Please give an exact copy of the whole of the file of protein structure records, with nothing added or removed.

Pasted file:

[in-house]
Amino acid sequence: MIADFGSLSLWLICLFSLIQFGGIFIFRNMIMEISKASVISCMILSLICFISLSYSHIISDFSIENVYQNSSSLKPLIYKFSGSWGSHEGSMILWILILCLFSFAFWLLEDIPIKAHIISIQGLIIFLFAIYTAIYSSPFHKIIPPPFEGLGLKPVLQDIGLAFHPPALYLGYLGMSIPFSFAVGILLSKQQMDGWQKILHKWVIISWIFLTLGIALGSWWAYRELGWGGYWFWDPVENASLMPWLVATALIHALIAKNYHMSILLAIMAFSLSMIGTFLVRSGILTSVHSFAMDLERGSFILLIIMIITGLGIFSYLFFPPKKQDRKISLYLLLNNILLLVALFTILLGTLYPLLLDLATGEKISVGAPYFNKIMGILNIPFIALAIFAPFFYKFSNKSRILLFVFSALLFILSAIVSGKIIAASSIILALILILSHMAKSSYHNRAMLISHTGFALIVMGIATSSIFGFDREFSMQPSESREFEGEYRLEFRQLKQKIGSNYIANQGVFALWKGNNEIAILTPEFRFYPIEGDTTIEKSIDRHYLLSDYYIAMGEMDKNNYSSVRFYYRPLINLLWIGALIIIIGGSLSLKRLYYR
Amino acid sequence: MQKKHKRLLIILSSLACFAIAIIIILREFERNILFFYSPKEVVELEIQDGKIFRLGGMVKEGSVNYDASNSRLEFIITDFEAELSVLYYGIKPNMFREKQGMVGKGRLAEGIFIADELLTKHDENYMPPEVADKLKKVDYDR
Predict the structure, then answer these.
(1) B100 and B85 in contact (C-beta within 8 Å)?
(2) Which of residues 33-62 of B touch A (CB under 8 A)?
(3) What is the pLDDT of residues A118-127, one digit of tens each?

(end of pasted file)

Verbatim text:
[in-house]
Amino acid sequence: MIADFGSLSLWLICLFSLIQFGGIFIFRNMIMEISKASVISCMILSLICFISLSYSHIISDFSIENVYQNSSSLKPLIYKFSGSWGSHEGSMILWILILCLFSFAFWLLEDIPIKAHIISIQGLIIFLFAIYTAIYSSPFHKIIPPPFEGLGLKPVLQDIGLAFHPPALYLGYLGMSIPFSFAVGILLSKQQMDGWQKILHKWVIISWIFLTLGIALGSWWAYRELGWGGYWFWDPVENASLMPWLVATALIHALIAKNYHMSILLAIMAFSLSMIGTFLVRSGILTSVHSFAMDLERGSFILLIIMIITGLGIFSYLFFPPKKQDRKISLYLLLNNILLLVALFTILLGTLYPLLLDLATGEKISVGAPYFNKIMGILNIPFIALAIFAPFFYKFSNKSRILLFVFSALLFILSAIVSGKIIAASSIILALILILSHMAKSSYHNRAMLISHTGFALIVMGIATSSIFGFDREFSMQPSESREFEGEYRLEFRQLKQKIGSNYIANQGVFALWKGNNEIAILTPEFRFYPIEGDTTIEKSIDRHYLLSDYYIAMGEMDKNNYSSVRFYYRPLINLLWIGALIIIIGGSLSLKRLYYR
Amino acid sequence: MQKKHKRLLIILSSLACFAIAIIIILREFERNILFFYSPKEVVELEIQDGKIFRLGGMVKEGSVNYDASNSRLEFIITDFEAELSVLYYGIKPNMFREKQGMVGKGRLAEGIFIADELLTKHDENYMPPEVADKLKKVDYDR
Predict the structure, then answer these.
(1) B100 and B85 in contact (C-beta within 8 Å)?
(2) Which of residues 33-62 of B touch A (CB under 8 A)?
(3) What is the pLDDT of residues A118-127, one digit of tens each?